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Southwest and FAA officials never knew Boeing turned off a safety feature on its 737 Max jets, and dismissed ideas about grounding them

Southwest and FAA officials never knew Boeing turned off a safety feature on its 737 Max jets, and dismissed ideas about grounding them
Boeing



Southwest Airlines and FAA officials overseeing the carrier never knew that Boeing turned off a standard safety feature on its 737 Max jets when Southwest brought the model into its fleet, reported Andy Pastzor of The Wall Street Journal.




FAA officials contemplated grounding Southwest's Max fleet on two separate occasions, but both times, the discussions were quickly dropped, according to a new WSJ investigation.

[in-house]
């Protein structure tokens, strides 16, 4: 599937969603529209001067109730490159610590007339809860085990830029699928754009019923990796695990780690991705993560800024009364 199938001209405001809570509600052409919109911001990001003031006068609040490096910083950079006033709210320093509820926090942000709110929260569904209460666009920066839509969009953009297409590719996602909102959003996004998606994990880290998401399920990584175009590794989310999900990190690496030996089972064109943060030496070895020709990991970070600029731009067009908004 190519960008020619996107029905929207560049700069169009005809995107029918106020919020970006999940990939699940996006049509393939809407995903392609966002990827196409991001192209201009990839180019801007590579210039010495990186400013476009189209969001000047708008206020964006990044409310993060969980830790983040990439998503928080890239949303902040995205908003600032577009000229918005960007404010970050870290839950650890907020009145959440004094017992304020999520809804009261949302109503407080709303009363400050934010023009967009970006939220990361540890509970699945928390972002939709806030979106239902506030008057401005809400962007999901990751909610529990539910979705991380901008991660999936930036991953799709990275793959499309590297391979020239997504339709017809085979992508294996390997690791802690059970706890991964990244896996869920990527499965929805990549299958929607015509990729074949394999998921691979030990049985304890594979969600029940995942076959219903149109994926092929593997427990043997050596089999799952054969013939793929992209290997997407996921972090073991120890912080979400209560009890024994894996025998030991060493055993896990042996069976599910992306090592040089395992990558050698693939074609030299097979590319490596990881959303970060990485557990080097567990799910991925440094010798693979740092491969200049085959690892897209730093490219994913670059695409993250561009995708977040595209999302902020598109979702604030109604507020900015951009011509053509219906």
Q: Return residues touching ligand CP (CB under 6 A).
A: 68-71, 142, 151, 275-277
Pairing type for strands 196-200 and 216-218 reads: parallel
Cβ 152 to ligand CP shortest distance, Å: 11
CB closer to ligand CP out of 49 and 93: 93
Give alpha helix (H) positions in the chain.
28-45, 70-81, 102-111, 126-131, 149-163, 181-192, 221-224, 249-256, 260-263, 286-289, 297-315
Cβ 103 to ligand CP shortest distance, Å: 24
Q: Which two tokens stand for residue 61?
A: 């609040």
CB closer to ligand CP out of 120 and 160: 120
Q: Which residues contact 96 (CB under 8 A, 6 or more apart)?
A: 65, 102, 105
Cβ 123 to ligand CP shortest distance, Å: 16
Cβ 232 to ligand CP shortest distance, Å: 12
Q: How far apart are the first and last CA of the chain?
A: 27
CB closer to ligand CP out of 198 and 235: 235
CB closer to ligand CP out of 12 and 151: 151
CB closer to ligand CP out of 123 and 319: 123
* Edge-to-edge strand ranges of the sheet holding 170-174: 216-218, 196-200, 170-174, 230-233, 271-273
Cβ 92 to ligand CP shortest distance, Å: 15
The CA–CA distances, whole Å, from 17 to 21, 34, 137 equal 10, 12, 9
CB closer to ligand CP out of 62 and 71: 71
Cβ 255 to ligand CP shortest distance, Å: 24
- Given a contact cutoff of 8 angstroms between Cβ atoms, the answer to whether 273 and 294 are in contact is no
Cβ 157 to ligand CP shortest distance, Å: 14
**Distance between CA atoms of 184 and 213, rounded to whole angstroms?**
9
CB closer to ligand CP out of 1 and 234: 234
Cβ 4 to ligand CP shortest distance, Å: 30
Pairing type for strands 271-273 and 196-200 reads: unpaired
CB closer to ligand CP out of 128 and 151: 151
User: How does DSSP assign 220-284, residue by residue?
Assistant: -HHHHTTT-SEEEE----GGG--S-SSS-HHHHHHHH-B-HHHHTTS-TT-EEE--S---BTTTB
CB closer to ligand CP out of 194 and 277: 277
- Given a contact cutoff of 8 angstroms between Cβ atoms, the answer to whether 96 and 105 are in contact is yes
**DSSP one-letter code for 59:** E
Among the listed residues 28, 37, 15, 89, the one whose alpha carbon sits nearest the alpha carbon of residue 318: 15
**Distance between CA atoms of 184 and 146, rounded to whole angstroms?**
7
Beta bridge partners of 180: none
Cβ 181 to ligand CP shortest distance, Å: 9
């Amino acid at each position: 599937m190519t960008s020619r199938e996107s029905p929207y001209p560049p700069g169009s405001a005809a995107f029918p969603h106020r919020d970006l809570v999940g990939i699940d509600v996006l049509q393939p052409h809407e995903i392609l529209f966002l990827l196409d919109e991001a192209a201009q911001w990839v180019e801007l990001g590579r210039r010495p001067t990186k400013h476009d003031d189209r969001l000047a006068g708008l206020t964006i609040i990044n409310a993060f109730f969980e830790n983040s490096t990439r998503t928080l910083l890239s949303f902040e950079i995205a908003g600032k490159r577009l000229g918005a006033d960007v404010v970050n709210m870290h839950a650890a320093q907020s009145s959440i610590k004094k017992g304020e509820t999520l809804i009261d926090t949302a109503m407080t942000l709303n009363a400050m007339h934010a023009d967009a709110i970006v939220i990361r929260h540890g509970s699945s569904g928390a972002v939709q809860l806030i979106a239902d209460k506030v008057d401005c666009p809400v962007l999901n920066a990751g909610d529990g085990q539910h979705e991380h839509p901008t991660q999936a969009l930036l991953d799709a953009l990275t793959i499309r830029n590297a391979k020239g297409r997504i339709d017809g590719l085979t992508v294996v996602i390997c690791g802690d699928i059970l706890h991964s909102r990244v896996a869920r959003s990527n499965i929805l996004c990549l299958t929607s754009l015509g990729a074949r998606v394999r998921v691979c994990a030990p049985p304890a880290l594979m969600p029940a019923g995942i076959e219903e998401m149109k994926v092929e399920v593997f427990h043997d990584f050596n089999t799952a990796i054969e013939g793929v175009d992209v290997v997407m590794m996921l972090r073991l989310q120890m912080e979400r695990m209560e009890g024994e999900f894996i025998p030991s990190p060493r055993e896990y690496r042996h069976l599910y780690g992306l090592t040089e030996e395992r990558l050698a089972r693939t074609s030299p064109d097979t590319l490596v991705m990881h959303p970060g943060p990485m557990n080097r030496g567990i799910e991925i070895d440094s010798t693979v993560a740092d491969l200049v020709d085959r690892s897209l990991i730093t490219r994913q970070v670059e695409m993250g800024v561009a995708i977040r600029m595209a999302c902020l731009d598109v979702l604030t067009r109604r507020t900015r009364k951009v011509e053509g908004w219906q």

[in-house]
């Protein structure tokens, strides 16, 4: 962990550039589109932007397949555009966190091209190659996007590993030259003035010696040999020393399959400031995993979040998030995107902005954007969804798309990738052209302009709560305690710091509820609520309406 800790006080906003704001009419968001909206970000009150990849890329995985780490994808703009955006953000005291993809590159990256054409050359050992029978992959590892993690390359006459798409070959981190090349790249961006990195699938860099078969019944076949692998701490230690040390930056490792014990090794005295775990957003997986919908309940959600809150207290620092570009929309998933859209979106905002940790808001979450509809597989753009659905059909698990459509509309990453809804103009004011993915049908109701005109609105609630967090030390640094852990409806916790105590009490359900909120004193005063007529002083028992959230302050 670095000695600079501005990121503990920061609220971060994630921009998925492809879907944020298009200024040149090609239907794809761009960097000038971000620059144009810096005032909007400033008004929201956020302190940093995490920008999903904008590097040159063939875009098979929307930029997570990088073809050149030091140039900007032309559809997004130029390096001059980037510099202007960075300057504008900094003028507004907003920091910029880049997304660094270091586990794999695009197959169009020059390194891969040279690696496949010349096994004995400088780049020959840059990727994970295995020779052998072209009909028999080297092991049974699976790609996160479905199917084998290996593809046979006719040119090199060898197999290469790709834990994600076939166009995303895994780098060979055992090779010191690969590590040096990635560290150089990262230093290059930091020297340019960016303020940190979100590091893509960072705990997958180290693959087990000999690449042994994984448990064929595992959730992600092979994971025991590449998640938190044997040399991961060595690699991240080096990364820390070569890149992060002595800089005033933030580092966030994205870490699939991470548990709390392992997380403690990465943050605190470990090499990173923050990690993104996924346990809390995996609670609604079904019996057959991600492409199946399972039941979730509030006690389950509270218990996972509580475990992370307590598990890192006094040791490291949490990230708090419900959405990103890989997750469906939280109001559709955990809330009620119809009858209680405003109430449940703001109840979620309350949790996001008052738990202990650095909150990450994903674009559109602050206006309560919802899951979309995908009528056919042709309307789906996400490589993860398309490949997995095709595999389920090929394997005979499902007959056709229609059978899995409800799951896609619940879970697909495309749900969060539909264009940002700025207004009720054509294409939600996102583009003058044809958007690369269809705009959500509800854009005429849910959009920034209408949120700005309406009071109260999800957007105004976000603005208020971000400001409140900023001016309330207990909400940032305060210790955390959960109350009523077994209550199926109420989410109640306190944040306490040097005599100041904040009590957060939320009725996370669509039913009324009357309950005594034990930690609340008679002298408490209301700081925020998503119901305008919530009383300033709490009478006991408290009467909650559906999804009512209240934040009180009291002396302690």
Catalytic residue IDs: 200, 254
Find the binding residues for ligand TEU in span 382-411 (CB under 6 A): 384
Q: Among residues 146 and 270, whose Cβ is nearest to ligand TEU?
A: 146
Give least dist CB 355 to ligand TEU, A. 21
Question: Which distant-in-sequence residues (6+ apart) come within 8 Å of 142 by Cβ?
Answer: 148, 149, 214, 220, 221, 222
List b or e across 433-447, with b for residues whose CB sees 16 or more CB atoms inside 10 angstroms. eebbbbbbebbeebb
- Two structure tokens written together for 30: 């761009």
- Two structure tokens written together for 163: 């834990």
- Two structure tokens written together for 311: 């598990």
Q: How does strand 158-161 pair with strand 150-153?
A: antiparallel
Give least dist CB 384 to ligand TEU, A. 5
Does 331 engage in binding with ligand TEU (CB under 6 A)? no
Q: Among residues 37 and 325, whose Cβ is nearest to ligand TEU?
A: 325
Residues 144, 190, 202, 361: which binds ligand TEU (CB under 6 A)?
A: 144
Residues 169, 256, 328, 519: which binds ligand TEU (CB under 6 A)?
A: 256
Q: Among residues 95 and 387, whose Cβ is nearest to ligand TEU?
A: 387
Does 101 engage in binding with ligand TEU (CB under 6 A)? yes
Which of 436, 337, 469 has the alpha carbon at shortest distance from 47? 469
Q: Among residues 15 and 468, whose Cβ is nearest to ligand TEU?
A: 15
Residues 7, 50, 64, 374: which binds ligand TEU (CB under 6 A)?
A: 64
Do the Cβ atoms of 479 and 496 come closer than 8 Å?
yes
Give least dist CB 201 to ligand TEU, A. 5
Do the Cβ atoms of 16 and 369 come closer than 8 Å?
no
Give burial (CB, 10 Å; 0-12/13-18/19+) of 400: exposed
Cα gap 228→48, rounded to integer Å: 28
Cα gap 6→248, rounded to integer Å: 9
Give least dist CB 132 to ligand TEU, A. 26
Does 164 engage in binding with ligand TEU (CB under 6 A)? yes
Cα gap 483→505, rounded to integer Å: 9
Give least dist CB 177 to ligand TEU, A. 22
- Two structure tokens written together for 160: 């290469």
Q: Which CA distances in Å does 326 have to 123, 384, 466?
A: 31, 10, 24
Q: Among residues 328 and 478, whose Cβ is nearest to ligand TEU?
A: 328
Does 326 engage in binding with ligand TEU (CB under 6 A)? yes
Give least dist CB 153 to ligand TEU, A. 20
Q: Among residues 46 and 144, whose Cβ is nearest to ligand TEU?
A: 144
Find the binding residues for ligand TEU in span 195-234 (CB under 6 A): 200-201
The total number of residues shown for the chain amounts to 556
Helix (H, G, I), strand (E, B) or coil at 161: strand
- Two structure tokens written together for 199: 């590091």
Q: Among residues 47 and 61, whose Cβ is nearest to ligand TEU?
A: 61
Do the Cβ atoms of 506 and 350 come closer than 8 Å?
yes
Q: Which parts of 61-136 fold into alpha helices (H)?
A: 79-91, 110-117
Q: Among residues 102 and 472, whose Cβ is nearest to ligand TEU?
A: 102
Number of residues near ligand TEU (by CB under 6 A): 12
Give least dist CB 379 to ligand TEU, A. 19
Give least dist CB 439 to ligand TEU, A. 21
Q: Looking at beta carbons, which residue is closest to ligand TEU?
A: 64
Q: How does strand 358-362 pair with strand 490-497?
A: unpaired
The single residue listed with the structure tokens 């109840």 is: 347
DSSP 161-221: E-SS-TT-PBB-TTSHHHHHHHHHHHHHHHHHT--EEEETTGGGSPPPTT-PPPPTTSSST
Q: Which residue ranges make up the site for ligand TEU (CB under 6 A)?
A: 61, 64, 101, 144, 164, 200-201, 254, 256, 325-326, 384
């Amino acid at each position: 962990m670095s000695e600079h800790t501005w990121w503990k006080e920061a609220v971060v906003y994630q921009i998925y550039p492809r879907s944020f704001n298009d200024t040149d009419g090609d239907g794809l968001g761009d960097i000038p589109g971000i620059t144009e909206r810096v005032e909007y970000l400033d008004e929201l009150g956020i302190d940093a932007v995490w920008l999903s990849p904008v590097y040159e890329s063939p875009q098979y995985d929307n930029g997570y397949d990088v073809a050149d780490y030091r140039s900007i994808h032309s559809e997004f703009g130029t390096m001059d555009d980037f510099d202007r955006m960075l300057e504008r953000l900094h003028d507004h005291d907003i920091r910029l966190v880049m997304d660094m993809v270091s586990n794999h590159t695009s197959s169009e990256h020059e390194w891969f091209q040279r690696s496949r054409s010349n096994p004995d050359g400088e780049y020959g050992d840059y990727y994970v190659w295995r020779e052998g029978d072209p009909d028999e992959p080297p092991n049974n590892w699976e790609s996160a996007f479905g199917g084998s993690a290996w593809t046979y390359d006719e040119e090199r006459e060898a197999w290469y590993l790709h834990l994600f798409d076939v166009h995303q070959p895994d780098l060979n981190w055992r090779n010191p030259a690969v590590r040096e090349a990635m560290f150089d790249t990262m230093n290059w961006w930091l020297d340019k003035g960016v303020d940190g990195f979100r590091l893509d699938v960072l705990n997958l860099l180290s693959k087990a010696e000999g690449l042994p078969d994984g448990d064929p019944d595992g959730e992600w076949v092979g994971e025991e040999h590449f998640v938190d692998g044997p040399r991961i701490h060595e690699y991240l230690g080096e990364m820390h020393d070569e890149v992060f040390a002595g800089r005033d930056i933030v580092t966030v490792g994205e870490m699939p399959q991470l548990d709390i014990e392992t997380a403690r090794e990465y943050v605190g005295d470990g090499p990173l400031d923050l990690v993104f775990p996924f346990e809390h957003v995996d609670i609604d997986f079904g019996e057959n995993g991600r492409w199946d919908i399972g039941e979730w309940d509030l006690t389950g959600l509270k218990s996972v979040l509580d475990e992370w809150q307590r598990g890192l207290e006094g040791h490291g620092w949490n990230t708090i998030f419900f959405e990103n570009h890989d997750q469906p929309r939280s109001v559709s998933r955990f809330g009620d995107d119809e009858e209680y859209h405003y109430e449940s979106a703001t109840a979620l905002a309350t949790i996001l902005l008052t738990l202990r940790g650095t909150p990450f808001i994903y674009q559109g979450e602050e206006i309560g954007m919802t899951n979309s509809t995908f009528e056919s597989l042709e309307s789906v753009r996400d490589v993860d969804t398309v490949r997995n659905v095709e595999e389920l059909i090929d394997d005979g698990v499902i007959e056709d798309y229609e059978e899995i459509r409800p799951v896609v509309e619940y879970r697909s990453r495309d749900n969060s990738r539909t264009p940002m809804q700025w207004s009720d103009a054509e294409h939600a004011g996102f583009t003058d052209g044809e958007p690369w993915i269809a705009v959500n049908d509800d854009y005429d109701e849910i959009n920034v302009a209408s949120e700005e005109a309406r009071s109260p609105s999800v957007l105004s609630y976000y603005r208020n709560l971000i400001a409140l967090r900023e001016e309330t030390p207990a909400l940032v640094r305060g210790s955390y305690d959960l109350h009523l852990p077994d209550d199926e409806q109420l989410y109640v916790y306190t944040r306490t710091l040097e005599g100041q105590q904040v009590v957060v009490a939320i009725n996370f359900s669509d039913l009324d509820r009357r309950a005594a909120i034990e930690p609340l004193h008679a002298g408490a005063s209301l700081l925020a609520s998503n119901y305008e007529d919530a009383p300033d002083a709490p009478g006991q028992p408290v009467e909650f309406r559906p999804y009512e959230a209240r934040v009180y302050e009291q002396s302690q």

Boeing has yet to specifically address why the feature was turned off, but in March, it unveiled a software fix and updated training procedures for the 737 Max.




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Southwest Airlines and the Federal Aviation Administration (FAA) officials who monitor the carrier were unaware that a standard safety feature, designed to warn pilots about malfunctioning sensors, on Boeing 737 Max jets was turned off when Southwest began flying the model in 2017, reported Andy Pastzor of the Wall Street Journal.
In earlier 737 models, the safety feature alerted pilots when a sensor called the "angle-of-attack vane" incorrectly conveyed the pitch of the plane's nose, according to Pastzor. In the Max, it functions as such while also signaling when the Maneuvering Characteristics Augmentation System (MCAS) — a new automated system linked to both October's Lion Air crash and March's Ethiopian Airlines crash — could misfire; but these alerts were only enabled if carriers purchased additional safety features, Pastzor wrote.
Like other airlines flying the Max, Southwest didn't learn about the change until the aftermath of the Lion Air crash, Pastzor reported.
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